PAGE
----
It's 1989 in Baton Rouge, Louisiana. One evening on her way home, Lindy Simpson is raped on the street near her house. Although no arrests are made, the crime changes Lindy and the other residents of the street.
The narrator is one of the suspects in the crime. Although he isn't arrested, the rape impacts him deeply. He is infatuated with Lindy. It's one of the central facts of his adolescence. Lindy is his ideal. The girl next door who seems to have everything. As they grow up, their lives entwine and then grow apart, but Lindy is always important to him.
One of the best parts of this novel is the depiction of what life was like in 1989: no Internet and no mobile phones. Teenagers talked on land-line phones with their friends for hours. It paints a picture of growing up in a different time.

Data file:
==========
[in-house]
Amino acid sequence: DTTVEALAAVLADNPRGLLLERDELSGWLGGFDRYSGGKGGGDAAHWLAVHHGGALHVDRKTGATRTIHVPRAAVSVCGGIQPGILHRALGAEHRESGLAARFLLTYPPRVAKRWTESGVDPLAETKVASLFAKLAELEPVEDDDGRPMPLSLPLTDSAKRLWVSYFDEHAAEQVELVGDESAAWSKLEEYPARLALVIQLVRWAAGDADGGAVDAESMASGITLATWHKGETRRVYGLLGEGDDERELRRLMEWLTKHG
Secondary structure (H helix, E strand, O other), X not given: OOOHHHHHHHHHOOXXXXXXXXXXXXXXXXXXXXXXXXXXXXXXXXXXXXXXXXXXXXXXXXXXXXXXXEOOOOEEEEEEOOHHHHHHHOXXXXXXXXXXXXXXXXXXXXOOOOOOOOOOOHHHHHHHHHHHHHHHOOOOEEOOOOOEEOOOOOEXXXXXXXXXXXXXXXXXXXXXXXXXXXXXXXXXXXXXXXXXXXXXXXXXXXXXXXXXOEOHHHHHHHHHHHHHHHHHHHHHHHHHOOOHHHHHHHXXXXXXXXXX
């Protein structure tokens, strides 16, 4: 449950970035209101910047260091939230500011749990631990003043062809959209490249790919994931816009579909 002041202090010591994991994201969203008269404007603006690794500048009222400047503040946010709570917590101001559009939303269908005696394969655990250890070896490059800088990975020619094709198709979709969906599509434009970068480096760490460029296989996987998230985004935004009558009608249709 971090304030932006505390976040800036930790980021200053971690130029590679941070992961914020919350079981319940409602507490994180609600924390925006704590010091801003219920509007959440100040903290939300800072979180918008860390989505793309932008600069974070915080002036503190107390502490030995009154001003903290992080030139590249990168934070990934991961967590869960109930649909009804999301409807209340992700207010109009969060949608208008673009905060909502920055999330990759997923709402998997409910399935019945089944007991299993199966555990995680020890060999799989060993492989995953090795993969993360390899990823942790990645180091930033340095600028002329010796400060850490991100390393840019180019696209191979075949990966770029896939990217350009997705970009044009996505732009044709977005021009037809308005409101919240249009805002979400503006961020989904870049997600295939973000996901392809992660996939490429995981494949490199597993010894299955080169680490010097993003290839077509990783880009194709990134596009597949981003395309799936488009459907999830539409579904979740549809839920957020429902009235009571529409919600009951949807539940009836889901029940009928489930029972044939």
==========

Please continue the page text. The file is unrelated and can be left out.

The writing is good, but I felt the narrator lapsed into memories that weren't directly related to the story line, and it lessened the impact of the story he was telling. The mystery of who raped Lindy runs through the story, but the most important part is how the crime affected everyone's life.
I recommend this book if you want a glimpse of life in the late 80's and early 90's, or if you want to relive part of your own adolescence.
I reviewed this book for Net Galley.